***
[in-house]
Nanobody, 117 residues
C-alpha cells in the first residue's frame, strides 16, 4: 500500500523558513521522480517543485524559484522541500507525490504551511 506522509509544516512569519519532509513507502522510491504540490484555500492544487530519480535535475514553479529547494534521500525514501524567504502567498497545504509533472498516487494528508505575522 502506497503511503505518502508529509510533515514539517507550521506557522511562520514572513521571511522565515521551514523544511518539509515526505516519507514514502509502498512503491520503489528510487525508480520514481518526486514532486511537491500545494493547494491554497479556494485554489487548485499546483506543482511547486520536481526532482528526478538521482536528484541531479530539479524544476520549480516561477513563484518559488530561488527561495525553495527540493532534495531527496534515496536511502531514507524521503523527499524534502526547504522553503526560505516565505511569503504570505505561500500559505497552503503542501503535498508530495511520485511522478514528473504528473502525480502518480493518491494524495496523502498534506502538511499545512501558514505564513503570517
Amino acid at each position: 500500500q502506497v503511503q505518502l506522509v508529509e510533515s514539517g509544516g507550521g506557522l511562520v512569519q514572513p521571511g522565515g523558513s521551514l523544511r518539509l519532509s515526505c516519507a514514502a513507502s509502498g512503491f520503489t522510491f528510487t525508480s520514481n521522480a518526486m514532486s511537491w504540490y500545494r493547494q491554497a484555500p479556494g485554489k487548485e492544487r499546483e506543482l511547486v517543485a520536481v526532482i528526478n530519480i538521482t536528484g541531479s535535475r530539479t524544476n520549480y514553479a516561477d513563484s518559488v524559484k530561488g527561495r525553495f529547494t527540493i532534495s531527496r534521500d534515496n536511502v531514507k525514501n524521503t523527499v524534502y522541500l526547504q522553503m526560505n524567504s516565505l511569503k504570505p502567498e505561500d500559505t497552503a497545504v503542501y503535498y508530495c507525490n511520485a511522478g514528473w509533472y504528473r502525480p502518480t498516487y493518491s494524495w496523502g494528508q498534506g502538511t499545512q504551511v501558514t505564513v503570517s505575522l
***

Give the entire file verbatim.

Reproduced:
[in-house]
Nanobody, 117 residues
C-alpha cells in the first residue's frame, strides 16, 4: 500500500523558513521522480517543485524559484522541500507525490504551511 506522509509544516512569519519532509513507502522510491504540490484555500492544487530519480535535475514553479529547494534521500525514501524567504502567498497545504509533472498516487494528508505575522 502506497503511503505518502508529509510533515514539517507550521506557522511562520514572513521571511522565515521551514523544511518539509515526505516519507514514502509502498512503491520503489528510487525508480520514481518526486514532486511537491500545494493547494491554497479556494485554489487548485499546483506543482511547486520536481526532482528526478538521482536528484541531479530539479524544476520549480516561477513563484518559488530561488527561495525553495527540493532534495531527496534515496536511502531514507524521503523527499524534502526547504522553503526560505516565505511569503504570505505561500500559505497552503503542501503535498508530495511520485511522478514528473504528473502525480502518480493518491494524495496523502498534506502538511499545512501558514505564513503570517
Amino acid at each position: 500500500q502506497v503511503q505518502l506522509v508529509e510533515s514539517g509544516g507550521g506557522l511562520v512569519q514572513p521571511g522565515g523558513s521551514l523544511r518539509l519532509s515526505c516519507a514514502a513507502s509502498g512503491f520503489t522510491f528510487t525508480s520514481n521522480a518526486m514532486s511537491w504540490y500545494r493547494q491554497a484555500p479556494g485554489k487548485e492544487r499546483e506543482l511547486v517543485a520536481v526532482i528526478n530519480i538521482t536528484g541531479s535535475r530539479t524544476n520549480y514553479a516561477d513563484s518559488v524559484k530561488g527561495r525553495f529547494t527540493i532534495s531527496r534521500d534515496n536511502v531514507k525514501n524521503t523527499v524534502y522541500l526547504q522553503m526560505n524567504s516565505l511569503k504570505p502567498e505561500d500559505t497552503a497545504v503542501y503535498y508530495c507525490n511520485a511522478g514528473w509533472y504528473r502525480p502518480t498516487y493518491s494524495w496523502g494528508q498534506g502538511t499545512q504551511v501558514t505564513v503570517s505575522l